Urban, Rural, Natural. Questions, Questions

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As citizens we are often labelled into distinct categories, “tagged” if you like: by income, by municipality, by political affiliation, and in a myriad of other ways, depending upon the context. Lands, places, and communities throughout the Grand River watershed of Canada (the geography that situates this blog) are similarly and often categorised, as distinctly

rural,    urban,    or     natural.

Despite their frequent usage in discussions and decision-making, and our seeming need to force everything into these categories, they are quite artificial. They are neat boxes that perpetuate myths about the separateness of the systems upon which our lives and our environment depend. They emphasize distinctions, rather than relations.

Part of our work in setting up this blog has involved office discussions that have challenged us with the question of how to foster discussion of connections and relations, rather than division, among urban, rural, and natural, or whether we should seek another paradigm. This post is a series of questions, but these questions form an important part of the conversation we want to have:

How do we foster connections and integrated thinking about community?”

Dilemmas

These terms, Urban, Rural, Natural, are they part of the dilemma we face, or can they contribute to solutions?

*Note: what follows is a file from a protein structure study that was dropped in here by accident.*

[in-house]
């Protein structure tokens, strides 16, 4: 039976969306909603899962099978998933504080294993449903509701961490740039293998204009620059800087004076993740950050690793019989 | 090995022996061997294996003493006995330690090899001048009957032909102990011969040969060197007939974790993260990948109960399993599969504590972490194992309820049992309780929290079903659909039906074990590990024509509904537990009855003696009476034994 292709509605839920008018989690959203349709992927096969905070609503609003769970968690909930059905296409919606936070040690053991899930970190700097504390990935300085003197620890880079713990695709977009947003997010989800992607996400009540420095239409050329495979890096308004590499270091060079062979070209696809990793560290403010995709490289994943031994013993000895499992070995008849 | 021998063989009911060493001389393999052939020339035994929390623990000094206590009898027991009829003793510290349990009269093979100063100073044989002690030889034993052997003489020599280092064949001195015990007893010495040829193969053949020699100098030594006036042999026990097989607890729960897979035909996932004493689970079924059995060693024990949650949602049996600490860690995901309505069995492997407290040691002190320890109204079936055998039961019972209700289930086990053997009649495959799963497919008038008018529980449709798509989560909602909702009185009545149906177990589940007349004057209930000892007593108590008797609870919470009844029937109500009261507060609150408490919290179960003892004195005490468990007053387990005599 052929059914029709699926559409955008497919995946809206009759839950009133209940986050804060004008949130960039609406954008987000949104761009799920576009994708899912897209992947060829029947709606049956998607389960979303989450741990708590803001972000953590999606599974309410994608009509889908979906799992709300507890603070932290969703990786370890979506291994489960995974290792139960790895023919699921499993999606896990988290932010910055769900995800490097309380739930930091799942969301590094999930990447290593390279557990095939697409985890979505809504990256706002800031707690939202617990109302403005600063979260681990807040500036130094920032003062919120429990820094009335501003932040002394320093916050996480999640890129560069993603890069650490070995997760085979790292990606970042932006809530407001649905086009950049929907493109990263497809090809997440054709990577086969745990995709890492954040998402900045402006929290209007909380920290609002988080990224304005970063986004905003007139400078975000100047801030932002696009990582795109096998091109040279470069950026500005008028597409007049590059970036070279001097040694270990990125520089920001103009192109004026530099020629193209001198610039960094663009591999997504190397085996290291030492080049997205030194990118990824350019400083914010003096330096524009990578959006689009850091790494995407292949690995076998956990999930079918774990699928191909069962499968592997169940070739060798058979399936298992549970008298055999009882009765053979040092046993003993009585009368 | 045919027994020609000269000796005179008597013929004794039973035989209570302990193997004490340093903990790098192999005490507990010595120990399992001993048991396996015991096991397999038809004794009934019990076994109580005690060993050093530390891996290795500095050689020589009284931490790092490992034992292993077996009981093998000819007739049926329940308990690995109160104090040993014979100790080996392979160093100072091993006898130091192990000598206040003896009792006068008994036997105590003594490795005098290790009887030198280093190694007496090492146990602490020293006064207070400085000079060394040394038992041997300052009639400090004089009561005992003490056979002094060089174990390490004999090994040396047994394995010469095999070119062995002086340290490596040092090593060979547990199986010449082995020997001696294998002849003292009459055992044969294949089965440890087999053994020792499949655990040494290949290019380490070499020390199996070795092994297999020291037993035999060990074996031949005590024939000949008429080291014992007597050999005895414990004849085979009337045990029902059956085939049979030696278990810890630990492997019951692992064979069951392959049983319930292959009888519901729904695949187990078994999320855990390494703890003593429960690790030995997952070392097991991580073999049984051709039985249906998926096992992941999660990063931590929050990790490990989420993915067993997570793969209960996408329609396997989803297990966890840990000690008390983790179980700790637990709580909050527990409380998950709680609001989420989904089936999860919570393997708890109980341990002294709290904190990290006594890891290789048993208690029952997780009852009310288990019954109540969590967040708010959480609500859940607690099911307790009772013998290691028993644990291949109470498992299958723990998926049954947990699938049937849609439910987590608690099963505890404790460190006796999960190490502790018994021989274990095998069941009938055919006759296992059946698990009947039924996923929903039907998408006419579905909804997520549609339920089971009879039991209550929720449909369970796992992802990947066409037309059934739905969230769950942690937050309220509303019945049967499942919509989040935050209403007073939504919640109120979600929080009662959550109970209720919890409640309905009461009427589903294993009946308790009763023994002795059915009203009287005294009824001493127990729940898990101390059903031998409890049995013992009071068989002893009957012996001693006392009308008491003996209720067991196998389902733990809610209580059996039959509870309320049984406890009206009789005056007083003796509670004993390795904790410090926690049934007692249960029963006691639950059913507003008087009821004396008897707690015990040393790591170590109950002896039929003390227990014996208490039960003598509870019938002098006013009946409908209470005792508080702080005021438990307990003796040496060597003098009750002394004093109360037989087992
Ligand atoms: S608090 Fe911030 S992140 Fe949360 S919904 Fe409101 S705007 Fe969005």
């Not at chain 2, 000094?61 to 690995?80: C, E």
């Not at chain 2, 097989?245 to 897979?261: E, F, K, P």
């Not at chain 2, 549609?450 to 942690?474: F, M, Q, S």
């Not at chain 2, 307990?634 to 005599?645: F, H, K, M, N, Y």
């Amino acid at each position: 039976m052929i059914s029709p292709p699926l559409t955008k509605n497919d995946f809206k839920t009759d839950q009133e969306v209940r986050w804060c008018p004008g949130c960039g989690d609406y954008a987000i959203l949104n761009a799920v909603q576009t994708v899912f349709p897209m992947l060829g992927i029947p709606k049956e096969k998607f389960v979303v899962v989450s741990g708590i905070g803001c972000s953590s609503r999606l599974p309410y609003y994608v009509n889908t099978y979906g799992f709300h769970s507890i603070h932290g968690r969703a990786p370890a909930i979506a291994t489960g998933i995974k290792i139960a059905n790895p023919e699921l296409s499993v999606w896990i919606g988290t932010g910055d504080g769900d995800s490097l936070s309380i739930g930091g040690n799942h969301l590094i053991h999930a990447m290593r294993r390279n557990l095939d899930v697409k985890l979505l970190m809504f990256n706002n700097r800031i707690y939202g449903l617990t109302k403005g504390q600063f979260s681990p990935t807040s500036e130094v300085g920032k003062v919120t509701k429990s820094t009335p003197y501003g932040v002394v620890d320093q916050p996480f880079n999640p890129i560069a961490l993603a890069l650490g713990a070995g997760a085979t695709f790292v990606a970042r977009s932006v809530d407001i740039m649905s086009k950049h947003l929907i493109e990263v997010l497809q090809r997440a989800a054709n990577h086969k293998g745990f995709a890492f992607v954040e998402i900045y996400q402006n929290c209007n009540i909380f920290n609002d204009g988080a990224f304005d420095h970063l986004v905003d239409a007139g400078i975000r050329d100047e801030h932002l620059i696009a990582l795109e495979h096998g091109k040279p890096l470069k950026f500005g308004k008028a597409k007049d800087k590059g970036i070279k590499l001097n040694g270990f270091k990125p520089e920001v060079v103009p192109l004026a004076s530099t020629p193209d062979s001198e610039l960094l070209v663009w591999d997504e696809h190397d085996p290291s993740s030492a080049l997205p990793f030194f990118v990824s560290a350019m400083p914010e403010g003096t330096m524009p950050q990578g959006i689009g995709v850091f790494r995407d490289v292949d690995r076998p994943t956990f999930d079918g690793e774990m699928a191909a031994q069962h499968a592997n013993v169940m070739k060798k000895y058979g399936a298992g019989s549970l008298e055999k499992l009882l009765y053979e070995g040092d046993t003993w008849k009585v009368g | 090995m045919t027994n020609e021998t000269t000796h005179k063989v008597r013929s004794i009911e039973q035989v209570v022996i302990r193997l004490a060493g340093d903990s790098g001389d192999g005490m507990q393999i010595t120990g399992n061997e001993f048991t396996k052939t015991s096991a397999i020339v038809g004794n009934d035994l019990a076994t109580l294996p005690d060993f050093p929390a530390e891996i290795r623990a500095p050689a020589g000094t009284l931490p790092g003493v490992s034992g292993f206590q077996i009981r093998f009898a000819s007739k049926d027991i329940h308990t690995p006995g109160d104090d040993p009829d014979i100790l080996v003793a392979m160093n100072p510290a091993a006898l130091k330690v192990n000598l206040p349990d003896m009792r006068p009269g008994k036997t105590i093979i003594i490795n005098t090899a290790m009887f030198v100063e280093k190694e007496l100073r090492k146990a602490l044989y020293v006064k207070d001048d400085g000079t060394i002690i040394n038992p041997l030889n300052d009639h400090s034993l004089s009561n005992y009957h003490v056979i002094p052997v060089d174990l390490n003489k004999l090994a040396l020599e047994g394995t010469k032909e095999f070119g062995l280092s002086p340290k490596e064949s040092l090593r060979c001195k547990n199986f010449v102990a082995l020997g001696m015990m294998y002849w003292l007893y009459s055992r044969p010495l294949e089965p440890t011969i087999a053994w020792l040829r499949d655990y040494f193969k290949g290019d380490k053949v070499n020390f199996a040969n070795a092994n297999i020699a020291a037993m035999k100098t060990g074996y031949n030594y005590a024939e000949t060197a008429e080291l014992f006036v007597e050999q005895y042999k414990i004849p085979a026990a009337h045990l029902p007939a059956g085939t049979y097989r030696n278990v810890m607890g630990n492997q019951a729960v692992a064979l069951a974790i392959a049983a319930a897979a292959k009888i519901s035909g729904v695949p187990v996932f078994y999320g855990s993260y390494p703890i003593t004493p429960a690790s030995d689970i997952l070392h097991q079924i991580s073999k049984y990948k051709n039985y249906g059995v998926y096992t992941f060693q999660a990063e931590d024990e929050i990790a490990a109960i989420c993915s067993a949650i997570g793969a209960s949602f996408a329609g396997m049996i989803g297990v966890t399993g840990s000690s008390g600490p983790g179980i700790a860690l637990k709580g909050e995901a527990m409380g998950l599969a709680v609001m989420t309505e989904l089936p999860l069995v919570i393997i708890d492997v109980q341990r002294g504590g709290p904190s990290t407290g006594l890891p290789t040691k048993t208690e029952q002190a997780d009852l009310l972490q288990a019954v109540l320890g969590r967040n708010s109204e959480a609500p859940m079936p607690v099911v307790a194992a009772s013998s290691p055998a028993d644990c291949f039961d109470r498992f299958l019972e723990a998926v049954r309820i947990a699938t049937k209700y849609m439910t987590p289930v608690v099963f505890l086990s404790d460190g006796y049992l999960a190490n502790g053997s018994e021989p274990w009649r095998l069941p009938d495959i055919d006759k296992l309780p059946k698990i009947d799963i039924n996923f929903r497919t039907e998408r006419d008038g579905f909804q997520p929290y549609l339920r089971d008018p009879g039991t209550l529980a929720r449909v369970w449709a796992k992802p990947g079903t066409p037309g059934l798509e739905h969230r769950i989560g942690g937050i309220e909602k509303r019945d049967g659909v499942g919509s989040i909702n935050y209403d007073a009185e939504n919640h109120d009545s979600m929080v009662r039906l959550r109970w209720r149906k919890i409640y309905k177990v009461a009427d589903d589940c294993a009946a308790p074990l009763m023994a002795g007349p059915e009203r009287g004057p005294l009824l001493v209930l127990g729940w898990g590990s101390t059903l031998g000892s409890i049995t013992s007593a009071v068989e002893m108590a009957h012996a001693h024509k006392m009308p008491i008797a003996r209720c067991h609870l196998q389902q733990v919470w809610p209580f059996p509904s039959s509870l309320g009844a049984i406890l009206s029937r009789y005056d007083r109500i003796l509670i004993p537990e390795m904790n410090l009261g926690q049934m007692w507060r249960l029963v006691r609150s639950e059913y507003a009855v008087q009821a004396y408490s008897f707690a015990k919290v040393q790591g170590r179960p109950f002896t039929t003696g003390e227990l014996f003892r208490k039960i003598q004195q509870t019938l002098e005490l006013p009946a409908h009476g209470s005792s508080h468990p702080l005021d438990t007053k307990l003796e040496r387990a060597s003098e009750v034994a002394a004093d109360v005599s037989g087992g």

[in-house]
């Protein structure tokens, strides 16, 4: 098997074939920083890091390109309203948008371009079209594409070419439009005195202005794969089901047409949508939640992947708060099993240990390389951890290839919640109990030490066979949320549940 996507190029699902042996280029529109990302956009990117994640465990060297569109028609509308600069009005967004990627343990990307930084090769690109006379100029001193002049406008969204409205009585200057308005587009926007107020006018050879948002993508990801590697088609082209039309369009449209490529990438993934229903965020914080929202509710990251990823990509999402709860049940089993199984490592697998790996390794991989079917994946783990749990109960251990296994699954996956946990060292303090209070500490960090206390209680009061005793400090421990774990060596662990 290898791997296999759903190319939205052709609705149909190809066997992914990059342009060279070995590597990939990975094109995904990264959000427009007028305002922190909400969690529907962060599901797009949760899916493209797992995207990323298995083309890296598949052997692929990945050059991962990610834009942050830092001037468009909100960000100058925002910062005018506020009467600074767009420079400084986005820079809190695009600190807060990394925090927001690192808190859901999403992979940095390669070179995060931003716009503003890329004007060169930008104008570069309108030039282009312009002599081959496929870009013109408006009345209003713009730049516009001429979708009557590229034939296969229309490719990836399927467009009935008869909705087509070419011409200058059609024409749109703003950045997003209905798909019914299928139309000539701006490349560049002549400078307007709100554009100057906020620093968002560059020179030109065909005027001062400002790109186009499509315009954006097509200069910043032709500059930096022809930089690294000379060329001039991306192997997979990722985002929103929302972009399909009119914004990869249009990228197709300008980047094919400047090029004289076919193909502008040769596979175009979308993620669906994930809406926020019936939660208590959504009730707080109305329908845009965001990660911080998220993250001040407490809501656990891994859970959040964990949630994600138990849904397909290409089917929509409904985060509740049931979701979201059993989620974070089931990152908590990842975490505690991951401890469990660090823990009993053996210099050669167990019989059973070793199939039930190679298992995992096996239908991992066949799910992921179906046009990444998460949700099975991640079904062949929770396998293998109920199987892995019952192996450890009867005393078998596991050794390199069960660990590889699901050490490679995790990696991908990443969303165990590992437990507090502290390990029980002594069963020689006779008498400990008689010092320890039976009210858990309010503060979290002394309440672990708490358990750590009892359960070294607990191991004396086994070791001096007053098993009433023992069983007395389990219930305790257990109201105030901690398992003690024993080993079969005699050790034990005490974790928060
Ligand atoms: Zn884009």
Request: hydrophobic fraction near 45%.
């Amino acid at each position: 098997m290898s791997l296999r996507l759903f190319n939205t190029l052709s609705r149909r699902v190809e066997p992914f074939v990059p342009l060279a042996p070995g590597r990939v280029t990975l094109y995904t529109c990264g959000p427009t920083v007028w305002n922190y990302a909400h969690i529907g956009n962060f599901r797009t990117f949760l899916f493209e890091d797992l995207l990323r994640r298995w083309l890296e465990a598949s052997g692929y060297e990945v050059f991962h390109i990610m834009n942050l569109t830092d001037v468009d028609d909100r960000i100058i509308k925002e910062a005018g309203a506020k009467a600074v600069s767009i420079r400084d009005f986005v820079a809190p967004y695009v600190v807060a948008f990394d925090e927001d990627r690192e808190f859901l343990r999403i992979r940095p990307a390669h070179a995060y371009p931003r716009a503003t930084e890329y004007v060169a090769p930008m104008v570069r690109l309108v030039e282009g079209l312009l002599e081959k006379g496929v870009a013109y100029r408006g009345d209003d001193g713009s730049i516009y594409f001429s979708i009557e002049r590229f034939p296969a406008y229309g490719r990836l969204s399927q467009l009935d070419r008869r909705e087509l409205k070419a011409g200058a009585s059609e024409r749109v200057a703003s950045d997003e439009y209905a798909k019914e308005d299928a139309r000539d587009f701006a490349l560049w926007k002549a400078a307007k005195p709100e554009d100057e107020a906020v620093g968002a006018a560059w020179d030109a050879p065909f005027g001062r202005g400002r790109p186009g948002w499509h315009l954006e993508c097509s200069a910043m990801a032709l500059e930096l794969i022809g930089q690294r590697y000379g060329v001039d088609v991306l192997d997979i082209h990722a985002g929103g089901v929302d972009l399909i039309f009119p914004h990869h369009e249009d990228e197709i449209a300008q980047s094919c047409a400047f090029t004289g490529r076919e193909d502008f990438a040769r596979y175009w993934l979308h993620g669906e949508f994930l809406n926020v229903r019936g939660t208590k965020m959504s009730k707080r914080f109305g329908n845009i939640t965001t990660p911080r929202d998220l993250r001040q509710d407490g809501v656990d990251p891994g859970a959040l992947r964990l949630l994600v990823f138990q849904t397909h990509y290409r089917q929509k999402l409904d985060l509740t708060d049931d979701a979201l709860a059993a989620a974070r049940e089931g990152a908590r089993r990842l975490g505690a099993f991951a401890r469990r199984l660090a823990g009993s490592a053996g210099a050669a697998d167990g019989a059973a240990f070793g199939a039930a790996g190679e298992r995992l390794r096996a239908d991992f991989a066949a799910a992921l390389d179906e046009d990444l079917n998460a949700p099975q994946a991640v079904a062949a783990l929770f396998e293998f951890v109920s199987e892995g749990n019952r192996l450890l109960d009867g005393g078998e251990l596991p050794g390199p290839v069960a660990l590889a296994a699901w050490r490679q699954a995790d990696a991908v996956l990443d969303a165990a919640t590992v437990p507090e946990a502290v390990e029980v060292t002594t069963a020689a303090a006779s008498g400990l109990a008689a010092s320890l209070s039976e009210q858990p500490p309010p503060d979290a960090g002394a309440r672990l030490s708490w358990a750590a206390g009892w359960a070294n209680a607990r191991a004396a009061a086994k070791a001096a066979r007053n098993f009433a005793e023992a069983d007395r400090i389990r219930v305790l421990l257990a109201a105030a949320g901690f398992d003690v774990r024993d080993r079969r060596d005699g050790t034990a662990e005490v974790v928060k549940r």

As architects we’re steeped in the hubris of urban design, and how the urban realm is for the designer to shape. But we’ve started talking about the corollaries in the natural and rural. Rural Design? Natural Design? As a culture, we’re equally steeped in the idea that nature has its own design, and we use science to understand it, but cannot affect it, except by dominating it or destroying it. The rural lies somewhere between these two poles? Perhaps in the eyes of urbanites, but from the rural view perhaps not.

How do we discuss an integrated systems approach to the design of our watershed where “design” is pretty much all in the urban realm? Perhaps design should be kept there, unless it can bring better solutions than it has in our cities?

With the artificial divisions of urban, rural and natural come political territories of authority that make integrated decision-making very difficult indeed. Is the Grand River Conservation Authority the only steward of the natural? Are the urban municipalities the masters of the urban, and as such, do the rural municipalities control the rural?

But don’t the natural, urban,and rural intermingle, flow through, and profoundly affect each other? Are our present political and professional divisions part of the problem?

We think they might be.

Does the urban citizen come to the rural and nature for recreation only? Does the rural citizen understand the balance between community and watershed better? How do they both view the natural? Is any part of our watershed truly untouched by human hand at this point? Is the natural simply a series of disconnected pockets?

Is the Grand River an urban element in Paris, Brantford, and Galt, but a rural one in Caledonia and a natural one elsewhere? Surely the river is one thing, and not solely defined by its context.

Questions questions.

We’d like to get your help with this.

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